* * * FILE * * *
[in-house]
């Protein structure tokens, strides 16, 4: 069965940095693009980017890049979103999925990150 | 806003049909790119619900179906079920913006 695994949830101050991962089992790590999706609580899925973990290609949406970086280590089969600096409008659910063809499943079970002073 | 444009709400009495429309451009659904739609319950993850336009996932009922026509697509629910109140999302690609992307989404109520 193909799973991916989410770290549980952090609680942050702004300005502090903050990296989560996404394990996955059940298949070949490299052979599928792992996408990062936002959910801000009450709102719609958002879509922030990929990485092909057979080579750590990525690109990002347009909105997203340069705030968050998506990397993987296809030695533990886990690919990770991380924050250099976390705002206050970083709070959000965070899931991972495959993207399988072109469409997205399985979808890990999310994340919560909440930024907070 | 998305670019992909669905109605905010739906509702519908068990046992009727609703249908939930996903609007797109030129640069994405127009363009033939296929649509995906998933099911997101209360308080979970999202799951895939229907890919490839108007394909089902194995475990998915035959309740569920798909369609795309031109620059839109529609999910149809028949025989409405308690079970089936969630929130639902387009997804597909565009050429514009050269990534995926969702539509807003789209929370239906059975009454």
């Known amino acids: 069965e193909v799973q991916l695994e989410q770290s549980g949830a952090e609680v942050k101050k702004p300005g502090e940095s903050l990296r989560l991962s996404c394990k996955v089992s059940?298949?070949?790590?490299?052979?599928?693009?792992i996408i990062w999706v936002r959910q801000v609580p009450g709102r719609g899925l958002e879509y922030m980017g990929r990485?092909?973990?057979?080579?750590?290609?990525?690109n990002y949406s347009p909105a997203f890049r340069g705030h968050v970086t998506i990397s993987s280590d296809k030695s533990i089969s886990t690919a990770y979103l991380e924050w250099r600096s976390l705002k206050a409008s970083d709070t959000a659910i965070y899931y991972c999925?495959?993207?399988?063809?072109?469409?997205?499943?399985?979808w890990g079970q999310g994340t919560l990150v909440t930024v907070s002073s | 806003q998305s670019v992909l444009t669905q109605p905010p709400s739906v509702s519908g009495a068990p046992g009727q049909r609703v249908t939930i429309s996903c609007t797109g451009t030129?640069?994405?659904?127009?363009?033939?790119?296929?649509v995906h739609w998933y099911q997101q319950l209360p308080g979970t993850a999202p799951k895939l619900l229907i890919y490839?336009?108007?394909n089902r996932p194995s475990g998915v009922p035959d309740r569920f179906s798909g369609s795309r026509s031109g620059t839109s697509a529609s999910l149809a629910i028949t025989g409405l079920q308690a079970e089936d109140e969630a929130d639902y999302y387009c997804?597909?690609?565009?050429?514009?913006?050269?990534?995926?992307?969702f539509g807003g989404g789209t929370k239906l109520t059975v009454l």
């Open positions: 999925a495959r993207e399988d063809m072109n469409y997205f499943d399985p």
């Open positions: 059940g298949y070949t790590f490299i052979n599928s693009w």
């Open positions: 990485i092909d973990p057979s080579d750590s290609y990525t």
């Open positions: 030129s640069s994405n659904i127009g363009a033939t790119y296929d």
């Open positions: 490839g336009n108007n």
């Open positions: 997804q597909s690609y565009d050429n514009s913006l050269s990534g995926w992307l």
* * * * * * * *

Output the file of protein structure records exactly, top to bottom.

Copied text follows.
[in-house]
């Protein structure tokens, strides 16, 4: 069965940095693009980017890049979103999925990150 | 806003049909790119619900179906079920913006 695994949830101050991962089992790590999706609580899925973990290609949406970086280590089969600096409008659910063809499943079970002073 | 444009709400009495429309451009659904739609319950993850336009996932009922026509697509629910109140999302690609992307989404109520 193909799973991916989410770290549980952090609680942050702004300005502090903050990296989560996404394990996955059940298949070949490299052979599928792992996408990062936002959910801000009450709102719609958002879509922030990929990485092909057979080579750590990525690109990002347009909105997203340069705030968050998506990397993987296809030695533990886990690919990770991380924050250099976390705002206050970083709070959000965070899931991972495959993207399988072109469409997205399985979808890990999310994340919560909440930024907070 | 998305670019992909669905109605905010739906509702519908068990046992009727609703249908939930996903609007797109030129640069994405127009363009033939296929649509995906998933099911997101209360308080979970999202799951895939229907890919490839108007394909089902194995475990998915035959309740569920798909369609795309031109620059839109529609999910149809028949025989409405308690079970089936969630929130639902387009997804597909565009050429514009050269990534995926969702539509807003789209929370239906059975009454």
């Known amino acids: 069965e193909v799973q991916l695994e989410q770290s549980g949830a952090e609680v942050k101050k702004p300005g502090e940095s903050l990296r989560l991962s996404c394990k996955v089992s059940?298949?070949?790590?490299?052979?599928?693009?792992i996408i990062w999706v936002r959910q801000v609580p009450g709102r719609g899925l958002e879509y922030m980017g990929r990485?092909?973990?057979?080579?750590?290609?990525?690109n990002y949406s347009p909105a997203f890049r340069g705030h968050v970086t998506i990397s993987s280590d296809k030695s533990i089969s886990t690919a990770y979103l991380e924050w250099r600096s976390l705002k206050a409008s970083d709070t959000a659910i965070y899931y991972c999925?495959?993207?399988?063809?072109?469409?997205?499943?399985?979808w890990g079970q999310g994340t919560l990150v909440t930024v907070s002073s | 806003q998305s670019v992909l444009t669905q109605p905010p709400s739906v509702s519908g009495a068990p046992g009727q049909r609703v249908t939930i429309s996903c609007t797109g451009t030129?640069?994405?659904?127009?363009?033939?790119?296929?649509v995906h739609w998933y099911q997101q319950l209360p308080g979970t993850a999202p799951k895939l619900l229907i890919y490839?336009?108007?394909n089902r996932p194995s475990g998915v009922p035959d309740r569920f179906s798909g369609s795309r026509s031109g620059t839109s697509a529609s999910l149809a629910i028949t025989g409405l079920q308690a079970e089936d109140e969630a929130d639902y999302y387009c997804?597909?690609?565009?050429?514009?913006?050269?990534?995926?992307?969702f539509g807003g989404g789209t929370k239906l109520t059975v009454l």
């Open positions: 999925a495959r993207e399988d063809m072109n469409y997205f499943d399985p």
């Open positions: 059940g298949y070949t790590f490299i052979n599928s693009w």
């Open positions: 990485i092909d973990p057979s080579d750590s290609y990525t």
């Open positions: 030129s640069s994405n659904i127009g363009a033939t790119y296929d």
């Open positions: 490839g336009n108007n």
């Open positions: 997804q597909s690609y565009d050429n514009s913006l050269s990534g995926w992307l």